This month, as we celebrate Independence Day in the United States, I encourage you to think about your notions of leadership and widening your view of the phenomena.
As you do, I ask you to consider the painting, Emanuel Leutze’s “Washington Crossing the Delaware” (1851). This famous painting celebrates General George Washington’s crossing of the Delaware River to battle the Hessian garrison on Christmas night, 1776.
As you examine the painting, ask yourself a few questions:
- Who is the leader?
- Who are the followers?
- What is the goal of the people depicted in the painting?
- What is the context of the event portrayed in the painting?
- How might my own cultural values and norms affect the way I view this painting?
- What can this painting teach us about leadership?
The Common Image of Leadership
Luetze’s painting clearly shows a common image of leadership – a courageous leader in charge. Notice the glow surrounding Washington who stands at the center of the work. The stars seem to shine upon him.
Observe how Washington towers above the rest of the figures in the painting. This is often the way Western cultures conceive of leadership – the leader is the most important part of the picture.Leadership usually only focuses on the leader. But what about others in the picture? Click To Tweet
But what about the other figures in the painting – the followers? They seem to be in submission to Washington as they move the ice from the bow of the ship, row, and carry the flag.
Yet, they all played a vital role in the process of winning the war. Despite the name of the painting, it was not only Washington who crossed the river and won the battle on that fateful night. General Washington did not win the war on his own.
Washington’s Leadership in Context
Consider the context of the event portrayed in the painting. This was a group of rebels who were in jeopardy of losing their war of independence from England. The battle at Trenton was not as much of a strategic win for the revolutionary forces as it was a boost in morale for the troops. A loss, on the other hand, would have been devastating.
How did this context affect the leadership process?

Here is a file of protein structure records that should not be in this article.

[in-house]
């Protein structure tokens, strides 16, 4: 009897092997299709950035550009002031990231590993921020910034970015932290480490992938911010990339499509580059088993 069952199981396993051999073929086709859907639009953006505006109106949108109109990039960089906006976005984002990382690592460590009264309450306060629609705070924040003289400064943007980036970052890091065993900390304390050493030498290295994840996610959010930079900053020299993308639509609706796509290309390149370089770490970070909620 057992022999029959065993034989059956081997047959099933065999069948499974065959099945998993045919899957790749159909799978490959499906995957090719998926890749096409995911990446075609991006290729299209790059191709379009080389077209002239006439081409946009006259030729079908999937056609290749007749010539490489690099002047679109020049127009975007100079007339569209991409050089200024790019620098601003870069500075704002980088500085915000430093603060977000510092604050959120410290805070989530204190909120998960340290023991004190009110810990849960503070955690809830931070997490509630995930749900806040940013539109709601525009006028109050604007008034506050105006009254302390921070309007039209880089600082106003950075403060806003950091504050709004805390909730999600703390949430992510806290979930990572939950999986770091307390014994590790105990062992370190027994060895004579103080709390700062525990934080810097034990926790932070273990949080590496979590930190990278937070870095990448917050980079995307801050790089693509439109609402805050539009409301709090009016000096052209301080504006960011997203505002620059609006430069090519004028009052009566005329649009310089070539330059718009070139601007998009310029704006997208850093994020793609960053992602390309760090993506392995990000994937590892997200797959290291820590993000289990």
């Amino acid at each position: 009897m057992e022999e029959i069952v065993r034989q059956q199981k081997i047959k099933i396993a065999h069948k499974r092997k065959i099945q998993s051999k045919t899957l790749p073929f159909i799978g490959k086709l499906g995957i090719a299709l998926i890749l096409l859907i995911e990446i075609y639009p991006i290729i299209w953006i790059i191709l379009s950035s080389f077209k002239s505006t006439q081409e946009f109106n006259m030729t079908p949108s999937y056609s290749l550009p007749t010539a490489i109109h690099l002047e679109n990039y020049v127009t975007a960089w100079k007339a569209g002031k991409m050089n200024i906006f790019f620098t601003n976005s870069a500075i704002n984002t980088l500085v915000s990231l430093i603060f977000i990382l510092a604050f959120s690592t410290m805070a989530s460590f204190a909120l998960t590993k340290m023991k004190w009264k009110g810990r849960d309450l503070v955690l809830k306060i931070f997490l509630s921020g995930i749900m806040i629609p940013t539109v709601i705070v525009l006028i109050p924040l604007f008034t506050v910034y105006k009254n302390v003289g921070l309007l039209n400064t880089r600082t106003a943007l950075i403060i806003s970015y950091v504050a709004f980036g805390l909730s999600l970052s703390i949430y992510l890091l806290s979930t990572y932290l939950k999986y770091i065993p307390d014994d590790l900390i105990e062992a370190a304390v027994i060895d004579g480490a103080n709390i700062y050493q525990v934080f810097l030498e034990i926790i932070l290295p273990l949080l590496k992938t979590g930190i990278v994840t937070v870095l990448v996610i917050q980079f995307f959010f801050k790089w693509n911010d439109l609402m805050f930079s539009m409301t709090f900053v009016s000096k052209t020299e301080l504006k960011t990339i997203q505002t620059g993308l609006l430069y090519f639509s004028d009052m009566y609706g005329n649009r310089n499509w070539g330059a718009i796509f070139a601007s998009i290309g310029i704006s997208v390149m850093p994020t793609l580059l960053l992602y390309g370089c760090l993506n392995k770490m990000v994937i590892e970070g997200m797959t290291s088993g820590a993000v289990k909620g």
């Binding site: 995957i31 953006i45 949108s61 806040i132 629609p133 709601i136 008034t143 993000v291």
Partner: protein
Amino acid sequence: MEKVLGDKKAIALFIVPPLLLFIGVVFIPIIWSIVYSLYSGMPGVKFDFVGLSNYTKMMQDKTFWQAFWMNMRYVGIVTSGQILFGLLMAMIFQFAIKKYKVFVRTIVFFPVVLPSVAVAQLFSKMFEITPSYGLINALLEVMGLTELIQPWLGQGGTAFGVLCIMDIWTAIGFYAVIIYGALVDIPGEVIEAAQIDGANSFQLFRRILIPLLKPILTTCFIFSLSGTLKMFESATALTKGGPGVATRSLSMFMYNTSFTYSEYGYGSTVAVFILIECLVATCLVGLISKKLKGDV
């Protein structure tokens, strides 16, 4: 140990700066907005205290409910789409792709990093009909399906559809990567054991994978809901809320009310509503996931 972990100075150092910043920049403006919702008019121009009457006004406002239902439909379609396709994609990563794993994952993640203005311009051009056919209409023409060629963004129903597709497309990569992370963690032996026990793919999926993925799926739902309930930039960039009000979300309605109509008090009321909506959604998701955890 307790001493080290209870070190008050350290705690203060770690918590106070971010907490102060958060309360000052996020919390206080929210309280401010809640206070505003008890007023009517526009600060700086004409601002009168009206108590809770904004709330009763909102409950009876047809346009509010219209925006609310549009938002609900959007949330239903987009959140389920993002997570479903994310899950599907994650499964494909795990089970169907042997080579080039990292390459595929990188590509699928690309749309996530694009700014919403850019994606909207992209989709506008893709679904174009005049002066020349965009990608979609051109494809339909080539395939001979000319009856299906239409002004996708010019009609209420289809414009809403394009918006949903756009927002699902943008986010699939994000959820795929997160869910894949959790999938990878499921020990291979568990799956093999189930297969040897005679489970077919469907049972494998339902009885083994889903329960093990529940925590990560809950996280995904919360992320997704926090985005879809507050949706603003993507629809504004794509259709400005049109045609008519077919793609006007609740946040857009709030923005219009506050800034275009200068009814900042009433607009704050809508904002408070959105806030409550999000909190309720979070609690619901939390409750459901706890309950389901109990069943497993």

What was the goal of Washington and his army?
Although independence from England was certainly the objective, notice how the American flag, which represents that objective, seems to tip away from Washington. It is in the shadows compared to the glowing light on Washington. It seems to play second fiddle to Washington’s greatness.
And yet, isn’t independence what the revolution was all about? Why does the goal seem to be lost in light of Washington’s greatness?
This is often how we in the West conceive of leadership – a larger-than-life leader, standing tall, and guiding hard-working followers, who deeply believe in the leader’s vision, but do not receive the same level of recognition. The leader outshines the goal and is rewarded with our admiration and respect, where all the other components seem to fade into the background.Leadership should also recognize the followers. Click To Tweet
Widening Our View of Leadership
Please don’t misunderstand me. Great leaders can teach us much about the nature of leadership. But leadership is a complex human process made up of many components, and each component contributes to the whole picture.
Rather than putting the spotlight on the leader – as in Leutze’s painting of Washington – I encourage you to widen the “glow” to encompass these other aspects of leadership, including the followers, the goal, the context, and our own preconceived views of leadership.
Only then can we really start to grasp the whole picture.
For more analysis on this painting and other works of art, check out Understanding Leadership: An Arts and Humanities Perspective.
Photo credit: © Americanspirit | Dreamstime.com